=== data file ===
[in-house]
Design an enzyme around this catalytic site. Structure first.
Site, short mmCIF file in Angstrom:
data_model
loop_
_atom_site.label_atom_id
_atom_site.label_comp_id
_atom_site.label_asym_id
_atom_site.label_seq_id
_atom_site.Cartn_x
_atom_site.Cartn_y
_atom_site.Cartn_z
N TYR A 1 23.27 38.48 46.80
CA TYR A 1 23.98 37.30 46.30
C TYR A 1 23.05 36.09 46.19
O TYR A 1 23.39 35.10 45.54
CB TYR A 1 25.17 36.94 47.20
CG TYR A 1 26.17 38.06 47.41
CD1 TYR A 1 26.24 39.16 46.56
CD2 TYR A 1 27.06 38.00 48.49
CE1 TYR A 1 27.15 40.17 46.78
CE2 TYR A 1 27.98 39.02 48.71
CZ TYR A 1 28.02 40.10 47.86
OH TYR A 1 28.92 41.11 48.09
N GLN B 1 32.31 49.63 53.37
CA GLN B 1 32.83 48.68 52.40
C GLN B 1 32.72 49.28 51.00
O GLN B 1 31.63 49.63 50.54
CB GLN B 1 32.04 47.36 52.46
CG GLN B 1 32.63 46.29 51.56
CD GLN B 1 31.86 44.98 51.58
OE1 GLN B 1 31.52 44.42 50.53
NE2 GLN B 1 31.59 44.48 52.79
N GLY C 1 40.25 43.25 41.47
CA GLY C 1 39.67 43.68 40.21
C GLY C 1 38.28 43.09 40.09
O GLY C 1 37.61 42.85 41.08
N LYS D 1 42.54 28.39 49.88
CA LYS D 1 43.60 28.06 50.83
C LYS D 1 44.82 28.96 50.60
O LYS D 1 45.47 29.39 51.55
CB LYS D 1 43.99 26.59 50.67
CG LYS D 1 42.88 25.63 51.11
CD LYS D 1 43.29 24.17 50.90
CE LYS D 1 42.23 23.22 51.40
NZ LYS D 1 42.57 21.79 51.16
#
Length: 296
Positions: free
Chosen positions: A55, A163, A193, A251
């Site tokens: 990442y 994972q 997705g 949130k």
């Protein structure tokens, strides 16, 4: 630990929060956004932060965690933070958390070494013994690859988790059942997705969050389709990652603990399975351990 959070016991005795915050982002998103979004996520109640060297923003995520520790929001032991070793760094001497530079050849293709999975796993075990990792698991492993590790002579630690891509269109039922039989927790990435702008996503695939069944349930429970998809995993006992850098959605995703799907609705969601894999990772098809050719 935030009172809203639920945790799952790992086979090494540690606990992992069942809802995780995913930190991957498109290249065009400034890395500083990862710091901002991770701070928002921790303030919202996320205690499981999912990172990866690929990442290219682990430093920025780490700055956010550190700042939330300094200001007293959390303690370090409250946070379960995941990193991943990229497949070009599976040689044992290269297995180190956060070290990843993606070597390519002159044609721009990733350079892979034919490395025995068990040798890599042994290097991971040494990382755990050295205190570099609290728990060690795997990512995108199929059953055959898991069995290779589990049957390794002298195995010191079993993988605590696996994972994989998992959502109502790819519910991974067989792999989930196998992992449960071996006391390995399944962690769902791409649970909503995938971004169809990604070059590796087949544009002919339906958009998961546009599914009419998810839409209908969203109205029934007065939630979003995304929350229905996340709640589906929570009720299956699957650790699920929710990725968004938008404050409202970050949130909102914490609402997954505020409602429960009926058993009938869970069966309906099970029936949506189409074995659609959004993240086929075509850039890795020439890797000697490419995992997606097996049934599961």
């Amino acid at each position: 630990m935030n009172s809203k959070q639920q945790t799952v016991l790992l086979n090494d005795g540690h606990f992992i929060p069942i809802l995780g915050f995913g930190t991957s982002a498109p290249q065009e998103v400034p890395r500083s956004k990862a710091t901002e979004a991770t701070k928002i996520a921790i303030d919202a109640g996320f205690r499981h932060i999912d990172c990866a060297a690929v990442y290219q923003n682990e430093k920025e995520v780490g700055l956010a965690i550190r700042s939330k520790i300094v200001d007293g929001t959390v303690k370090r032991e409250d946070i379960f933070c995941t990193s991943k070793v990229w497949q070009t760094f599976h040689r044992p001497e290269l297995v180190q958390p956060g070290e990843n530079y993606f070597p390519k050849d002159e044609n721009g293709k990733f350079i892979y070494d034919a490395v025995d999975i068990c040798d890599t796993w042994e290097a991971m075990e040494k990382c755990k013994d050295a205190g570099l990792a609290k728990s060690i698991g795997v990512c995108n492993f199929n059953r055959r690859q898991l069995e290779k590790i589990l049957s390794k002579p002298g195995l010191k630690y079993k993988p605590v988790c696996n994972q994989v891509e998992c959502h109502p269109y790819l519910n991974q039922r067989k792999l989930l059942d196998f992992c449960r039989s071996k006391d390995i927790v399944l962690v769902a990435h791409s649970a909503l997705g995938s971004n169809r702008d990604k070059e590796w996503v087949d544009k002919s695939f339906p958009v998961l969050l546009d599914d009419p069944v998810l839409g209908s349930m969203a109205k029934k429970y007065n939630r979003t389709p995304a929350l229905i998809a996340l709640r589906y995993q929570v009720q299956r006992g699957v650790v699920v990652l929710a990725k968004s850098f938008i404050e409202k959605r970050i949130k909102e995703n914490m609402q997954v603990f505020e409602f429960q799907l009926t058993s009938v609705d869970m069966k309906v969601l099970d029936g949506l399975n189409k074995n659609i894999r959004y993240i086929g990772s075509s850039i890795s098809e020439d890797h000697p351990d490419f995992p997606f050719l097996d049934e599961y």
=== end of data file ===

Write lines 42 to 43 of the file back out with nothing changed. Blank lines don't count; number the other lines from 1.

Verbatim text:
CB LYS D 1 43.99 26.59 50.67
CG LYS D 1 42.88 25.63 51.11